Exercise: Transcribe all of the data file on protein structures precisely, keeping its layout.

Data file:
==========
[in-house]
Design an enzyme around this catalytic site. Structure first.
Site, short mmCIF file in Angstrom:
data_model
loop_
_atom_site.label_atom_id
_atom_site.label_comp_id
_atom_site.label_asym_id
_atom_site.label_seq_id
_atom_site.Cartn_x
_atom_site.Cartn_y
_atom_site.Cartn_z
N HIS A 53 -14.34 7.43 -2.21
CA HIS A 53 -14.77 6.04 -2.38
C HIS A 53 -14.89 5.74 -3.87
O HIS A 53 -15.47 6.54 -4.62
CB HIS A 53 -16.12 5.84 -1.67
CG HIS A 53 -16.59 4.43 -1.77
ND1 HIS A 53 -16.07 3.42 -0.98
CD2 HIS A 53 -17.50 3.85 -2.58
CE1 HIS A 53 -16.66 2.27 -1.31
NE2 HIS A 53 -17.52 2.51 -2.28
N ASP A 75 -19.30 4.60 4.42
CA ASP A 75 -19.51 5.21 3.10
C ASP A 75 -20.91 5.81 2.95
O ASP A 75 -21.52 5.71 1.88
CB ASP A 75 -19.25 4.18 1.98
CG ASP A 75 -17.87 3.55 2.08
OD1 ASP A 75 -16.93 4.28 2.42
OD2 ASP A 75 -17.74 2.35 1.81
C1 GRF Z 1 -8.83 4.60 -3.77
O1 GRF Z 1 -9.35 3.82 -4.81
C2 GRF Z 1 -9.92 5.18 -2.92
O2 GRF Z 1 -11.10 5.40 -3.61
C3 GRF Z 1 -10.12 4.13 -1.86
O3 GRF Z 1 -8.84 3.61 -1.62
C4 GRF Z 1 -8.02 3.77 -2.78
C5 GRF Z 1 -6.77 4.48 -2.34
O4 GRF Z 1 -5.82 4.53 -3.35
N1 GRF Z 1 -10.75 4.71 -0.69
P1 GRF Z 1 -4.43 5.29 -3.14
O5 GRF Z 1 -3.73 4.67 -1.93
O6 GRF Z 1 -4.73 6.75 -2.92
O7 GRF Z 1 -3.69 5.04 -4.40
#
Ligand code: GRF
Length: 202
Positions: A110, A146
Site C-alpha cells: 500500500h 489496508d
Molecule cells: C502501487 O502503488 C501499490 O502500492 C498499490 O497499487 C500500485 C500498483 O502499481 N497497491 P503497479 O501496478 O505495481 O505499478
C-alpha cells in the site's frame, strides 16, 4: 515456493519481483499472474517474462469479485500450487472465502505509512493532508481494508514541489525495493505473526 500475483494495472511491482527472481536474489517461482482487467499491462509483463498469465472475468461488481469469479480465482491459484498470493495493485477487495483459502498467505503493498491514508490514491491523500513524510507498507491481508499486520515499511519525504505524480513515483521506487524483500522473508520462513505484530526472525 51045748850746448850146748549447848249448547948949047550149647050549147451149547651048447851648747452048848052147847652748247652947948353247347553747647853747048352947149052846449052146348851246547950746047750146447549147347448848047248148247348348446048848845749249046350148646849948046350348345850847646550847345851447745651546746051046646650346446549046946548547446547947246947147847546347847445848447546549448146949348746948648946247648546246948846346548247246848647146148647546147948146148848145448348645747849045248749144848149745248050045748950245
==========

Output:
[in-house]
Design an enzyme around this catalytic site. Structure first.
Site, short mmCIF file in Angstrom:
data_model
loop_
_atom_site.label_atom_id
_atom_site.label_comp_id
_atom_site.label_asym_id
_atom_site.label_seq_id
_atom_site.Cartn_x
_atom_site.Cartn_y
_atom_site.Cartn_z
N HIS A 53 -14.34 7.43 -2.21
CA HIS A 53 -14.77 6.04 -2.38
C HIS A 53 -14.89 5.74 -3.87
O HIS A 53 -15.47 6.54 -4.62
CB HIS A 53 -16.12 5.84 -1.67
CG HIS A 53 -16.59 4.43 -1.77
ND1 HIS A 53 -16.07 3.42 -0.98
CD2 HIS A 53 -17.50 3.85 -2.58
CE1 HIS A 53 -16.66 2.27 -1.31
NE2 HIS A 53 -17.52 2.51 -2.28
N ASP A 75 -19.30 4.60 4.42
CA ASP A 75 -19.51 5.21 3.10
C ASP A 75 -20.91 5.81 2.95
O ASP A 75 -21.52 5.71 1.88
CB ASP A 75 -19.25 4.18 1.98
CG ASP A 75 -17.87 3.55 2.08
OD1 ASP A 75 -16.93 4.28 2.42
OD2 ASP A 75 -17.74 2.35 1.81
C1 GRF Z 1 -8.83 4.60 -3.77
O1 GRF Z 1 -9.35 3.82 -4.81
C2 GRF Z 1 -9.92 5.18 -2.92
O2 GRF Z 1 -11.10 5.40 -3.61
C3 GRF Z 1 -10.12 4.13 -1.86
O3 GRF Z 1 -8.84 3.61 -1.62
C4 GRF Z 1 -8.02 3.77 -2.78
C5 GRF Z 1 -6.77 4.48 -2.34
O4 GRF Z 1 -5.82 4.53 -3.35
N1 GRF Z 1 -10.75 4.71 -0.69
P1 GRF Z 1 -4.43 5.29 -3.14
O5 GRF Z 1 -3.73 4.67 -1.93
O6 GRF Z 1 -4.73 6.75 -2.92
O7 GRF Z 1 -3.69 5.04 -4.40
#
Ligand code: GRF
Length: 202
Positions: A110, A146
Site C-alpha cells: 500500500h 489496508d
Molecule cells: C502501487 O502503488 C501499490 O502500492 C498499490 O497499487 C500500485 C500498483 O502499481 N497497491 P503497479 O501496478 O505495481 O505499478
C-alpha cells in the site's frame, strides 16, 4: 515456493519481483499472474517474462469479485500450487472465502505509512493532508481494508514541489525495493505473526 500475483494495472511491482527472481536474489517461482482487467499491462509483463498469465472475468461488481469469479480465482491459484498470493495493485477487495483459502498467505503493498491514508490514491491523500513524510507498507491481508499486520515499511519525504505524480513515483521506487524483500522473508520462513505484530526472525 51045748850746448850146748549447848249448547948949047550149647050549147451149547651048447851648747452048848052147847652748247652947948353247347553747647853747048352947149052846449052146348851246547950746047750146447549147347448848047248148247348348446048848845749249046350148646849948046350348345850847646550847345851447745651546746051046646650346446549046946548547446547947246947147847546347847445848447546549448146949348746948648946247648546246948846346548247246848647146148647546147948146148848145448348645747849045248749144848149745248050045748950245